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2004-01-19 11:52 AM
The Dangers of Dreaming for a Better World
(Special thanks go out to Bob Herbert of the NY Times for his insightful piece.)
In the United States, today is Martin Luther King, Jr. Day.
In Britain today, a twenty-nine year old Katharine Gunn is due in court today for her pre-trial hearing on charges that she violated the Official Secrets Act, an offense carrying penalties which have been described by some as draconian.
Ms. Gun at one time worked for Britain's top-secret Government Communications Headquarters, where she encountered a memo that changed the course of her life. The memo detailed an American plan to spy on at least a half-dozen U.N. delegations as part of the U.S. effort to win Security Council support for the invasion of Iraq. Said plans called for e-mail surveillance and taps on home and office phones in an effort to give the U.S. delegation information necessary to win approval from the Council.
Ms. Gun, acting from her firm belief that a war with Iraq was both morally wrong and illegal, leaked this memo in order to bring to light the illegal methods planned by that government to push it's agenda.
"I have only ever followed my conscience," she said, making no denial that she was involved in the leak. She took a principled stand against illegal activities that she believed--and history has proved her beliefs correct--would result in the deaths of many young men and women.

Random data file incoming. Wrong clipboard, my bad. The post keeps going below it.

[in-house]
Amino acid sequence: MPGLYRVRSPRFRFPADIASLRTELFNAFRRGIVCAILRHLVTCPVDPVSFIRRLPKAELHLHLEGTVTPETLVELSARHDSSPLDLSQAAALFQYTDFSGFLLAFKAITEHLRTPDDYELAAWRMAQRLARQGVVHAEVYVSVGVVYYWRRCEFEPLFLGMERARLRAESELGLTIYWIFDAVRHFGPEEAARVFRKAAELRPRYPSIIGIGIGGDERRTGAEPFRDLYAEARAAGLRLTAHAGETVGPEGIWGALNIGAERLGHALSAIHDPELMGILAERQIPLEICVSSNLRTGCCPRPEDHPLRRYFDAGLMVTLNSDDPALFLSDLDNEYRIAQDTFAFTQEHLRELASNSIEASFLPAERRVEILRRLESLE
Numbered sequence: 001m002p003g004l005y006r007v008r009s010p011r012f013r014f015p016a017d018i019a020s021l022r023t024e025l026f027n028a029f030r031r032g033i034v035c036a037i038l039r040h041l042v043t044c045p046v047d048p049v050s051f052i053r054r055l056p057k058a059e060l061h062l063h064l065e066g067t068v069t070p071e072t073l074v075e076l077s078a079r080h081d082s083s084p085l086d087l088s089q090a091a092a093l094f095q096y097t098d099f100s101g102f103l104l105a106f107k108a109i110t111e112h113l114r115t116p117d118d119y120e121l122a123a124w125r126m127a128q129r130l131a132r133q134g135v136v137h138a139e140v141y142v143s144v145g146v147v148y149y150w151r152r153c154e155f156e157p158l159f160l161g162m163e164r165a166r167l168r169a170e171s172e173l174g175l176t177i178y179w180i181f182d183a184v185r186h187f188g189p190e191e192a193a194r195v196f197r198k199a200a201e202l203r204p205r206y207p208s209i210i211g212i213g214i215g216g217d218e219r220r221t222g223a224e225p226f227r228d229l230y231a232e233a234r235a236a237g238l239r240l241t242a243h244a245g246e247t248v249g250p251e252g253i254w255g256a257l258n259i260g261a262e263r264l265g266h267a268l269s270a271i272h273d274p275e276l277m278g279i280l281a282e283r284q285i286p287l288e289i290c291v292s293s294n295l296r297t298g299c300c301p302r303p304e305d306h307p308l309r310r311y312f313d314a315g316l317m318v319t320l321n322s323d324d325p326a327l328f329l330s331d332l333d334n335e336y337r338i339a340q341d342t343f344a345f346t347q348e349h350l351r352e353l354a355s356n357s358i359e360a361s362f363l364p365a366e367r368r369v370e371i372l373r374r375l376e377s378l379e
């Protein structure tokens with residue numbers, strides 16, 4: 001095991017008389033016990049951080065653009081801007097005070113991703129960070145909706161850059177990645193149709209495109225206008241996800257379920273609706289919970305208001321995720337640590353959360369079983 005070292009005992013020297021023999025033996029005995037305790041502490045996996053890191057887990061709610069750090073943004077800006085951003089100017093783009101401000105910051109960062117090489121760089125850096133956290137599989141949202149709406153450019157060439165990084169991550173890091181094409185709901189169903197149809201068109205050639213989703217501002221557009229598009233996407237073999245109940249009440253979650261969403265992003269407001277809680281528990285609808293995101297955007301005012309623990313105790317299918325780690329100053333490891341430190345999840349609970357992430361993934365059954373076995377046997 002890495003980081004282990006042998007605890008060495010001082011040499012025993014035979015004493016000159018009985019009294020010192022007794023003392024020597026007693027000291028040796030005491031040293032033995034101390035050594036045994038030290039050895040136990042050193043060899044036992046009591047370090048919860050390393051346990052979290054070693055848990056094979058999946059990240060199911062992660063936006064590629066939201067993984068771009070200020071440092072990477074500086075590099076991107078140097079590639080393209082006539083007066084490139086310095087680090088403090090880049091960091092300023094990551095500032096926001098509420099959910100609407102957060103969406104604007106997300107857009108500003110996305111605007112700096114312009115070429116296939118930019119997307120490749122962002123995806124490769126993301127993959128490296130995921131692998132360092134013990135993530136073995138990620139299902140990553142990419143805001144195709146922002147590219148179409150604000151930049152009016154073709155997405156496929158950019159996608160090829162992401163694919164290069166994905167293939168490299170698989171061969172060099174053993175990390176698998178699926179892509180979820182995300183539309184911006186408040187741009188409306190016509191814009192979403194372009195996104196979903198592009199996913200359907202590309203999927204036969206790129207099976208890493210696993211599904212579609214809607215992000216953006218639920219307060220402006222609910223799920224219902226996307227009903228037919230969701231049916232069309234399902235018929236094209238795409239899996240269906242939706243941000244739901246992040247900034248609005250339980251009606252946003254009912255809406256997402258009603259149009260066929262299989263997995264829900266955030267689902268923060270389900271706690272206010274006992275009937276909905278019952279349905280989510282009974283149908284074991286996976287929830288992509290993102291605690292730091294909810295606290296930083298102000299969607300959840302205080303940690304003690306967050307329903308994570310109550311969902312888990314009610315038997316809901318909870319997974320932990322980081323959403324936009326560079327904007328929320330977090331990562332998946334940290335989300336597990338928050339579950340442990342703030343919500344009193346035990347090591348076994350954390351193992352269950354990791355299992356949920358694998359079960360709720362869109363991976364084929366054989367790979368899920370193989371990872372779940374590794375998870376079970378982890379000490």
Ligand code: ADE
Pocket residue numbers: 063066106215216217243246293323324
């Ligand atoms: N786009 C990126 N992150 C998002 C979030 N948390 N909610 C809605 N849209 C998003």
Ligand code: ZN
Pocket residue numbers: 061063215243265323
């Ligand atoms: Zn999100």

Britian has no equivalent to America's First Amendment protections of free speech.
In 1971, Daniel Ellsberg turned over a stack of documents relating to U.S. activities in Vietnam that came to be know as the Pentagon Papers. The Nixon administration--much like a certain other President who released the names of certain undercover operatives who happened to be married to a weapons inspector that didn't toe the party "W.M.D." line--tried to destroy Mr. Ellsberg. He was charged with treason, theft and conspiracy after being viciously harassed and having his psychiatrist's office burglarized. The prosecution of Mr. Ellsberg failed. The charges were thrown out due to government misconduct. He is lending his name to Ms. Gun's fight.
"Don't do what I did," Mr. Ellsberg stated. "Don't wait years until the bombs are falling and then put out history."
Ms. Gun has done something than so very few of us are willing to do. She has stood up for her beliefs knowing full well that the result of her stand could be her own destruction at the hands of a Machiavellian regime cloaked in the poetry of truth, liberty and freedom.
In the United States today, it is Martin Luther King, Jr. day.
It's not healthy to dream.
Joseph Haines, signing off from The Edge of the Abyss.
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